I am not sure what possessed me to volunteer to mix and roll and paint and seal 160 salt dough ornaments to give away.
One hundred sixty. No one should ever doubt how much I love the library and the ladies there.
To tell the truth, when our friends group met and decided to make them for our annual Christmas fundraiser, I didn’t hesitate to help. I imagined my kids and I sharing special moments kind of like those depicted in the Rice Krispy treat commercials.
We would gather around the table and mix and knead and get flour on our noses, making memories while doing something important and worthwhile for our community.
I bought the flour and salt and went through my kitchen drawers only to find that I had thrown out my cookie cutters. All of them. And? I had no rolling pin.
So I made a second trip to the dollar store, where I found cookie cutters, but no rolling pins anywhere. After making three trips around the store, I found something that would work in a display straight across from the Gladware.
I am nothing if not resourceful.
We headed back home full of determination and promise, and we started strong.
We mixed. And we kneaded. And we kneaded. And we kneaded. Have you ever made salt dough ornaments? They require a LOT of kneading. Finally, we were able to roll. This was a highlight of the project since everyone wanted a turn with the Red Bull.
And then we pressed out our little cookies and eventually lined them all up in rows to dry. We got flour on our noses, and the table, and the counter, and the floor, and all our clothes, and everything else within a 15-foot radius of our workspace. But it really was a lot of fun.
When we finished, I counted our bounty and we had… about 40 ornaments. Forty. We needed 160.
Wyatt bowed out in favor of the Disney Channel, but Alyssa and I were not deterred. We kept mixing and kneading and kneading and pressing until we had 160 ornaments. It took us just shy of four hours.
We laid them out in neat rows to dry on the counter, the floor, in the living room, the den, and the kitchen.
But you know what? They didn’t dry. Not after three days, or a week, or a week and a half. I finally broke down and put them in the oven because I had to start painting.
The painting was slow, too, with several coats and some glitter to (try to) mask the imperfections. The kids really wanted to help with that part and it turned out sort of like the flour except paint isn’t quite as easy to clean up as flour.
Boy am I glad I didn’t procrastinate on this project, because after everything was said and done, it took more than two weeks to get those ornaments finished. I think they turned out pretty well, even if they aren’t perfect.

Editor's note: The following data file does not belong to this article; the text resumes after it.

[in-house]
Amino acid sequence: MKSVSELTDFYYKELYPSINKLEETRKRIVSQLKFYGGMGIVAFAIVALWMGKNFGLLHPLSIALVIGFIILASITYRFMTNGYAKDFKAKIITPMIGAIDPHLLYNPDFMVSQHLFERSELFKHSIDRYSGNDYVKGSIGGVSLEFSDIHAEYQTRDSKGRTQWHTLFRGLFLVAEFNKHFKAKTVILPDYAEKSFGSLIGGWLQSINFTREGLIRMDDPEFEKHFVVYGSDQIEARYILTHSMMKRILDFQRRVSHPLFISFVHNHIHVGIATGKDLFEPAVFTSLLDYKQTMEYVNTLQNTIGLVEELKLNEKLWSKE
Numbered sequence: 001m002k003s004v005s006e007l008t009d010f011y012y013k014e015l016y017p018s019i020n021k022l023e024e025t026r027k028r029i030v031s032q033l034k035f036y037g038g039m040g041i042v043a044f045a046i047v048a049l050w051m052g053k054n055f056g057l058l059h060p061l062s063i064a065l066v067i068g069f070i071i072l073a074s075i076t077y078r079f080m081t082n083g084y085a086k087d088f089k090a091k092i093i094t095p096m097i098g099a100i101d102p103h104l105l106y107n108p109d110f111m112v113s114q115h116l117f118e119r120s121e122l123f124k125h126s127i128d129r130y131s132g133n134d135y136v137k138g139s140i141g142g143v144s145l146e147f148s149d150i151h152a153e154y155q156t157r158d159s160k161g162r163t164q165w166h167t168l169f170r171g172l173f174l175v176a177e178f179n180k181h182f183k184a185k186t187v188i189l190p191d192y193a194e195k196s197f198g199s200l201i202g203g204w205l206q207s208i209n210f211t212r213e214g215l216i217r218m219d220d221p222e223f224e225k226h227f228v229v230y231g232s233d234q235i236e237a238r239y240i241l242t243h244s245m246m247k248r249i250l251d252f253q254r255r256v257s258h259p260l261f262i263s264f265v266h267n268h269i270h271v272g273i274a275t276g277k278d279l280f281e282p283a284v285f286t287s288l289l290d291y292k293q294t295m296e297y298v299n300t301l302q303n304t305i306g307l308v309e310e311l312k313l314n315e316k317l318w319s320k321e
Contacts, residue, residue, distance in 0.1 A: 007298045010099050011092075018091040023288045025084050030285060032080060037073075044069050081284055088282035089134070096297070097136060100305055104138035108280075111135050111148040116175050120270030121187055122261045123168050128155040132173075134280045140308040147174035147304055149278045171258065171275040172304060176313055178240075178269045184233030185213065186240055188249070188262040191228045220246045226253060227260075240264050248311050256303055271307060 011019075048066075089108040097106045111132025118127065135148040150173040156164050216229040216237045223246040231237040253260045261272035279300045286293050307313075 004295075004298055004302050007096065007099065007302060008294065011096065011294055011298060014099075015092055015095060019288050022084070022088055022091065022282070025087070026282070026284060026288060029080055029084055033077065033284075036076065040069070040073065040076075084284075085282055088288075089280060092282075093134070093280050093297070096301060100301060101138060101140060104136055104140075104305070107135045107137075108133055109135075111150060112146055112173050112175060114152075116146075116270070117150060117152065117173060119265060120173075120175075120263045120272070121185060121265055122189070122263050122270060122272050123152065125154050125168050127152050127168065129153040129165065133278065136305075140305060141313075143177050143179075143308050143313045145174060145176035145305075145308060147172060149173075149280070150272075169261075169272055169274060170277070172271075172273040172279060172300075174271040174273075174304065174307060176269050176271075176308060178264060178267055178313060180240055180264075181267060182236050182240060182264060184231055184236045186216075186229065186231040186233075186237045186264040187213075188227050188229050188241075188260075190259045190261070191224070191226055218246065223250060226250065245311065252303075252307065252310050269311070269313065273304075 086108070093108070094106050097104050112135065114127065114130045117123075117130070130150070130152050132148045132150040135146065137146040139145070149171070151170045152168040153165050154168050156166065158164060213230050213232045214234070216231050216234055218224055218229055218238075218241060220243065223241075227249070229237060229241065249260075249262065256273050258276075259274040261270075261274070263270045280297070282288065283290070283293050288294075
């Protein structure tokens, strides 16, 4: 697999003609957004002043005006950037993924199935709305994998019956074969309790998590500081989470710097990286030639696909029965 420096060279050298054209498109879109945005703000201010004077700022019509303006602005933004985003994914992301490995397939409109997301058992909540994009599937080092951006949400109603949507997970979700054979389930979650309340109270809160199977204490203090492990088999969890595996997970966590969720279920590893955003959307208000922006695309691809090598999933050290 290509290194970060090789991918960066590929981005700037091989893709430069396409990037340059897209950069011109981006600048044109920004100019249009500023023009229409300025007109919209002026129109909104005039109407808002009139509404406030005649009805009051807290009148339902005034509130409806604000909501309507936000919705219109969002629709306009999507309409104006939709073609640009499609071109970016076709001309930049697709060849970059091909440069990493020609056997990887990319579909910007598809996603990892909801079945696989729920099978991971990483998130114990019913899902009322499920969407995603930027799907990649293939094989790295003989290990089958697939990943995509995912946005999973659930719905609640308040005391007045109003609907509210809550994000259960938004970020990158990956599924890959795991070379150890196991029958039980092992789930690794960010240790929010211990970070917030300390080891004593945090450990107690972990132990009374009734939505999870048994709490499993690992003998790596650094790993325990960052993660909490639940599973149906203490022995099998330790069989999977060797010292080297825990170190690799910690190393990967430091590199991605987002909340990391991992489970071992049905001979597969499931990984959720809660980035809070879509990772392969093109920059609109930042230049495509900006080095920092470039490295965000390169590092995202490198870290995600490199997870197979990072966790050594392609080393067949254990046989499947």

It was fun, it was for a good cause, and I ended up with a really cool rolling pin.
But next time? I’m volunteering for one batch, or I’m starting in September. One or the other.
Here’s the recipe, and what I learned from my mistakes:
Salt Dough Ornaments
4 cups all purpose flour
1 cup salt
1 1/2 cups water
Mix and knead until fully combined and smooth. (This takes a while and some muscle). I would suggest rolling it out at 1/4 inch or a little less. The thicker the ornament, the more difficult to get dry. If you dry them in the oven, the temperature should be set at 250 or less. Mine took several hours to dry/harden and they had been air drying for days so I don’t really know how long it will take. Paint with acrylic paint and seal with shellac or spray enamel.
Here are my tips, based on what I did wrong: If you decide to air dry them (which means no uneven baking and no browning) don’t put them on parchment paper. It draws the moisture from the ornaments, rumples underneath them, and the ornaments end up having the same rumple pattern. They must be painted with acrylic paint because if you accidentally (ahem) buy enamel paint, it will cut into the dough (which is yucky and lumpy). However, if you spray on some primer first, you can use any sort of paint you like. It makes it easier all around and provides a smoother surface for painting, so I like the primer step. I bought gloss and metallic paint, because I liked the sheen better than flat paint. I sealed all of them with gloss spray enamel. And here’s my biggest tip: Don’t try to make 160 ornaments. You can get about 24 ornaments with regular sized cookie cutters out of one batch. That’s the ticket.
Don’t tell anyone, but I still have this stashed in my closet: